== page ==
• The Board of Directors could if it so wished manipulates the voting rolls through its power to determine in which Division – if any – a member may be enrolled. The only constraint appears to be that voting for the DGP Director position is restricted to members who are not members of a College. (A further concern is that apparently there are no grounds or procedure for appeal, either against not being classified as one wishes, or not being allocated to a Division at all.)

• No provision is currently made for rejecting a President-Elect who proves unsuitable in that role and predictably for the President role – another weakness in accountability (of long standing, from the date of the introduction of this position some years ago) that should have been fixed in any Board restructure! Members should have the capacity to confirm (or not confirm) the President-Elect’s move into the President role. The new structure (like its predecessor) places too great an emphasis on Presidential succession, at the expense of accountability,
Presidential direct election, workload and performance appraisal.


The new structure’s voting involves different packages of multiple votes, and not equality of voting power for members as had always been the case in the APS. Now only CCP members can vote for their specified ‘general director’ position, guaranteeing at least one Clinical College member. Non-CCP members vote for a different ‘general director’ position. But here 8 Colleges (including the College of Clinical Neuropsychologists which logic would suggest be in the “Clinical College” sub-electorate) vie for one Director position, and none is guaranteed a Director position! Moreover, where CCP members are also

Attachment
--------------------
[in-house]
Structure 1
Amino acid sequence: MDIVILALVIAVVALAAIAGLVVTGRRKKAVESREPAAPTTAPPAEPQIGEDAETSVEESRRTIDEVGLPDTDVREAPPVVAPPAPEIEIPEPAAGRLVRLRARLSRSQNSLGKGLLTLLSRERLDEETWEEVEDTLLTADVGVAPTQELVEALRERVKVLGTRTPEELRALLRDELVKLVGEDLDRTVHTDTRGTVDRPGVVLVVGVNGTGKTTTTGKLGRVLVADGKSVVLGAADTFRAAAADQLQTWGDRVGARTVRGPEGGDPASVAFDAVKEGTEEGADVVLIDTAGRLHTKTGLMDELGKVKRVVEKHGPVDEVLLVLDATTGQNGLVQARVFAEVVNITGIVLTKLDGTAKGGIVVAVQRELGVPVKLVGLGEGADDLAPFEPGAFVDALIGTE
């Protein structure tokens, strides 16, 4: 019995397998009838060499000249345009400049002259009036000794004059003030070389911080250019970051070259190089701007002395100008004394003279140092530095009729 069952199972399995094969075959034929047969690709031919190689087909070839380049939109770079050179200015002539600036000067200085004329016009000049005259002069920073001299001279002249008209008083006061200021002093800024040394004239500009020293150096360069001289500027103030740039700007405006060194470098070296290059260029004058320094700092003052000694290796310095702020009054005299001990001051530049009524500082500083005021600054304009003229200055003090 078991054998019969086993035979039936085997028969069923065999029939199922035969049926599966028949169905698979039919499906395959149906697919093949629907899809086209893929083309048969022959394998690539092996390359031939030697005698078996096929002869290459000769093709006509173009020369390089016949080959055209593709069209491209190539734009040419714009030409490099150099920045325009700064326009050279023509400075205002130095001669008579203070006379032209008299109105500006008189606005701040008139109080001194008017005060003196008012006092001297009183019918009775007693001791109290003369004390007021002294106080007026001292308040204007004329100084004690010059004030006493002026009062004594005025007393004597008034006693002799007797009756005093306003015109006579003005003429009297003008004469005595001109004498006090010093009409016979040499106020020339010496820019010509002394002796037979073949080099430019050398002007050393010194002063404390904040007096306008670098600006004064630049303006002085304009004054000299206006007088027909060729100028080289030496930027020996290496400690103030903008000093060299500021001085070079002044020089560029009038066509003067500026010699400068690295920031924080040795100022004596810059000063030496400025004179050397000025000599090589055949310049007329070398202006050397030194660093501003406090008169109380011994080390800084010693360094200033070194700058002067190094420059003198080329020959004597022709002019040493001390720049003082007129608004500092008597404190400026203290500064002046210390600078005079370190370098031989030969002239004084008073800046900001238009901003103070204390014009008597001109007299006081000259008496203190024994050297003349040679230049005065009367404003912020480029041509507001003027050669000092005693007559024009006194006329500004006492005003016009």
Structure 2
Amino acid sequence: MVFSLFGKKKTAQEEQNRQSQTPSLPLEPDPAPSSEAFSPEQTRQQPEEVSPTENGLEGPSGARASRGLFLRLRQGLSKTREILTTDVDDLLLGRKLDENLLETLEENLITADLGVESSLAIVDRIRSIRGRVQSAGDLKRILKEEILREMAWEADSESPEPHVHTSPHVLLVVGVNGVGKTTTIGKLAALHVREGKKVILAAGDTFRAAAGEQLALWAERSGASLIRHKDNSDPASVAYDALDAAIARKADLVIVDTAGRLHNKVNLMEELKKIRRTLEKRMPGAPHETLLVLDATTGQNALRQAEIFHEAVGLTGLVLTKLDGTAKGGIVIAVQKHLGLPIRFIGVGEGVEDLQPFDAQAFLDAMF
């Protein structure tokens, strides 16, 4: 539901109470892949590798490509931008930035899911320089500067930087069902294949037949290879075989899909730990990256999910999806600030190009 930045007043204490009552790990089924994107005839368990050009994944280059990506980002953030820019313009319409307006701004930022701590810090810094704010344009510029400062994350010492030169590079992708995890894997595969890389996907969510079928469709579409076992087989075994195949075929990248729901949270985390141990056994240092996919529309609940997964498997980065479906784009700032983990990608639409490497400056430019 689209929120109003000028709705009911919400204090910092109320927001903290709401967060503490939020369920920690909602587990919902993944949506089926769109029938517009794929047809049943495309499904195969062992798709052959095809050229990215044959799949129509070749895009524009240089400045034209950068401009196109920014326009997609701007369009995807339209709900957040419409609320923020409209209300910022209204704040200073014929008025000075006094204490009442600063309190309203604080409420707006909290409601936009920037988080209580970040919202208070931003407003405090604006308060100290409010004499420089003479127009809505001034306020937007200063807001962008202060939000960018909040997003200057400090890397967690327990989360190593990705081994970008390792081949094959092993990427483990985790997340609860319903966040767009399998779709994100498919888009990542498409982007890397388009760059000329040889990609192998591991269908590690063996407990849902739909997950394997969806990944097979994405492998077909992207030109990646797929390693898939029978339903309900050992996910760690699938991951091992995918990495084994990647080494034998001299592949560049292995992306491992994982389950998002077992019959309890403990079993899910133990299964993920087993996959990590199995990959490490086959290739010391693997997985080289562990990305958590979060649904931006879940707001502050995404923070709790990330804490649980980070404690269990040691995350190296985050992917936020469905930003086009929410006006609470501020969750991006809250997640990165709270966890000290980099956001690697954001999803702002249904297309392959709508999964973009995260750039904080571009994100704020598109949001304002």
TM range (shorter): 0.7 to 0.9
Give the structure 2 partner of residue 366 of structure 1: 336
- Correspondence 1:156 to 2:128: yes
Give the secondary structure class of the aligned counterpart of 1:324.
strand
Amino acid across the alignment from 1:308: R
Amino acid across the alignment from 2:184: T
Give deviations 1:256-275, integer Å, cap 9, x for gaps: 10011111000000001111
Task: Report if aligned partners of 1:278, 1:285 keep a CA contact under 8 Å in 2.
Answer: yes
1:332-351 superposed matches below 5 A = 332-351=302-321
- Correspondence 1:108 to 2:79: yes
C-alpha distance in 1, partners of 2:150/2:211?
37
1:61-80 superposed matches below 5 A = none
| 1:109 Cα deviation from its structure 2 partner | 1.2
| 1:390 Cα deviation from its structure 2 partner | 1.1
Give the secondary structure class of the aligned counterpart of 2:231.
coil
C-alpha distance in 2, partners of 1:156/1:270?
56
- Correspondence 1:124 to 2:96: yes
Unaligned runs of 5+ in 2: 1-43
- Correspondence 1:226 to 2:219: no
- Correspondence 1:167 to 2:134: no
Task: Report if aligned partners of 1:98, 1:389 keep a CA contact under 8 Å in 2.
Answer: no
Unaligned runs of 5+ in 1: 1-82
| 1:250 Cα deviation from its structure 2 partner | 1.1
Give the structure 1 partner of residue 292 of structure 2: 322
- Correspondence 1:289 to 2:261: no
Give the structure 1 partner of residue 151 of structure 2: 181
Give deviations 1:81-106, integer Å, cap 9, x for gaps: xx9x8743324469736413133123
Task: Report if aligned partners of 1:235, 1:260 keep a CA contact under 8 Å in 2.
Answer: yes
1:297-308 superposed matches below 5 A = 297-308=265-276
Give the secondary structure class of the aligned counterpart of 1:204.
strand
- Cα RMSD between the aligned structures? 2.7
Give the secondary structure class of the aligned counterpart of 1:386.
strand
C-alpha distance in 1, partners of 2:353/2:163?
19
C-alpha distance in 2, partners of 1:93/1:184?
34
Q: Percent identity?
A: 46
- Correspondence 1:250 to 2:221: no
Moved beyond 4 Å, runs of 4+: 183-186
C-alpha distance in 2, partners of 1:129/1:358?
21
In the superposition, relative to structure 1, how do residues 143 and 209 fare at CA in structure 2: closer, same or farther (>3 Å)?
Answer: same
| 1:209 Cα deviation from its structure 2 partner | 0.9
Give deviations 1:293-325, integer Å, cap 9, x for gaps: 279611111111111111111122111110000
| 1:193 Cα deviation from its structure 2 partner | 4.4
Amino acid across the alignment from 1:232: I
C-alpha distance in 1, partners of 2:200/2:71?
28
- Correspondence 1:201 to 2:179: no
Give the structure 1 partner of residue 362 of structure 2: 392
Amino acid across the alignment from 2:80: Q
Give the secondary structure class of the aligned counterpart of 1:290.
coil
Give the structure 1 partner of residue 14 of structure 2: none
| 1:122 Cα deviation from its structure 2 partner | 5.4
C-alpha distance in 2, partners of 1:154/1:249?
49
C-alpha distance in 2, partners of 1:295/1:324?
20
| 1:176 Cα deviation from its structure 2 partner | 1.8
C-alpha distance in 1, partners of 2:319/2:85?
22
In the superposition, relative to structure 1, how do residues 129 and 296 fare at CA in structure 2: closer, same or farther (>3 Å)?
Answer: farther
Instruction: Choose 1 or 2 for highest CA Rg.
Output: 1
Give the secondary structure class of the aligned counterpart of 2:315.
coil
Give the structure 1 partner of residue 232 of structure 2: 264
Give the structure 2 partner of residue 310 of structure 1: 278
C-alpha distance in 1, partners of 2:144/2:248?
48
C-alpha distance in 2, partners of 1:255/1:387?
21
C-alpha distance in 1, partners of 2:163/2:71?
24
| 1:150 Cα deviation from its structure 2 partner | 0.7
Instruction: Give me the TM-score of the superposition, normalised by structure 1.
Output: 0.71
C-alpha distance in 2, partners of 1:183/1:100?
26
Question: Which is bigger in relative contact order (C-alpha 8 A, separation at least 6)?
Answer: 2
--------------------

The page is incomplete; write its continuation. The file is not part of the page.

members of other Colleges they can vote also for that Board position – they have two bites at the Colleges Directors cherry. For example, Person X is a member of the Clinical and Clinical Neuro Colleges, so able to vote twice, once for the “clinical college” position, and once